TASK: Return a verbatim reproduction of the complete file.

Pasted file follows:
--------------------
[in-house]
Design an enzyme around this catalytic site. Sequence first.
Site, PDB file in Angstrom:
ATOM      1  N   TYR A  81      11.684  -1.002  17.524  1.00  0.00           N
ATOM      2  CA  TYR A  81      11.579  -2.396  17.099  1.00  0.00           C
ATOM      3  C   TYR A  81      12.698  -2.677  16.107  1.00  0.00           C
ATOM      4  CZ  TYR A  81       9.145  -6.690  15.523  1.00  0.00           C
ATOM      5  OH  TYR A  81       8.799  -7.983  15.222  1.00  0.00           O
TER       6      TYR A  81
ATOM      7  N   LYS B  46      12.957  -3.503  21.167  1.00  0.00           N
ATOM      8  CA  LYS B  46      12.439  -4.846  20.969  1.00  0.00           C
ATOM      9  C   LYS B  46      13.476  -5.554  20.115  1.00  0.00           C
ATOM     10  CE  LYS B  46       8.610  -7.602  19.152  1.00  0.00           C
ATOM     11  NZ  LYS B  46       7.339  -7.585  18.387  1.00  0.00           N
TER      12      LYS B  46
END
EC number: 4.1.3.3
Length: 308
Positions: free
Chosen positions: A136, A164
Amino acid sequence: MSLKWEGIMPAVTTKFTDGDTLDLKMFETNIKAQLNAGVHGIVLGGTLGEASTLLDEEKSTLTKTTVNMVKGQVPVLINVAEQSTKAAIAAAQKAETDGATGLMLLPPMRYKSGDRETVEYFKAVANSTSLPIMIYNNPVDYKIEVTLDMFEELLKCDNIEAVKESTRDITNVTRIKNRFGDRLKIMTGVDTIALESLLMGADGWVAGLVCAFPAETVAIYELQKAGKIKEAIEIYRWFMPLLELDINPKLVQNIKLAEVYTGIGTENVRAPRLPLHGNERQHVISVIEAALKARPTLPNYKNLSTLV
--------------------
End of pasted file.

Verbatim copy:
[in-house]
Design an enzyme around this catalytic site. Sequence first.
Site, PDB file in Angstrom:
ATOM      1  N   TYR A  81      11.684  -1.002  17.524  1.00  0.00           N
ATOM      2  CA  TYR A  81      11.579  -2.396  17.099  1.00  0.00           C
ATOM      3  C   TYR A  81      12.698  -2.677  16.107  1.00  0.00           C
ATOM      4  CZ  TYR A  81       9.145  -6.690  15.523  1.00  0.00           C
ATOM      5  OH  TYR A  81       8.799  -7.983  15.222  1.00  0.00           O
TER       6      TYR A  81
ATOM      7  N   LYS B  46      12.957  -3.503  21.167  1.00  0.00           N
ATOM      8  CA  LYS B  46      12.439  -4.846  20.969  1.00  0.00           C
ATOM      9  C   LYS B  46      13.476  -5.554  20.115  1.00  0.00           C
ATOM     10  CE  LYS B  46       8.610  -7.602  19.152  1.00  0.00           C
ATOM     11  NZ  LYS B  46       7.339  -7.585  18.387  1.00  0.00           N
TER      12      LYS B  46
END
EC number: 4.1.3.3
Length: 308
Positions: free
Chosen positions: A136, A164
Amino acid sequence: MSLKWEGIMPAVTTKFTDGDTLDLKMFETNIKAQLNAGVHGIVLGGTLGEASTLLDEEKSTLTKTTVNMVKGQVPVLINVAEQSTKAAIAAAQKAETDGATGLMLLPPMRYKSGDRETVEYFKAVANSTSLPIMIYNNPVDYKIEVTLDMFEELLKCDNIEAVKESTRDITNVTRIKNRFGDRLKIMTGVDTIALESLLMGADGWVAGLVCAFPAETVAIYELQKAGKIKEAIEIYRWFMPLLELDINPKLVQNIKLAEVYTGIGTENVRAPRLPLHGNERQHVISVIEAALKARPTLPNYKNLSTLV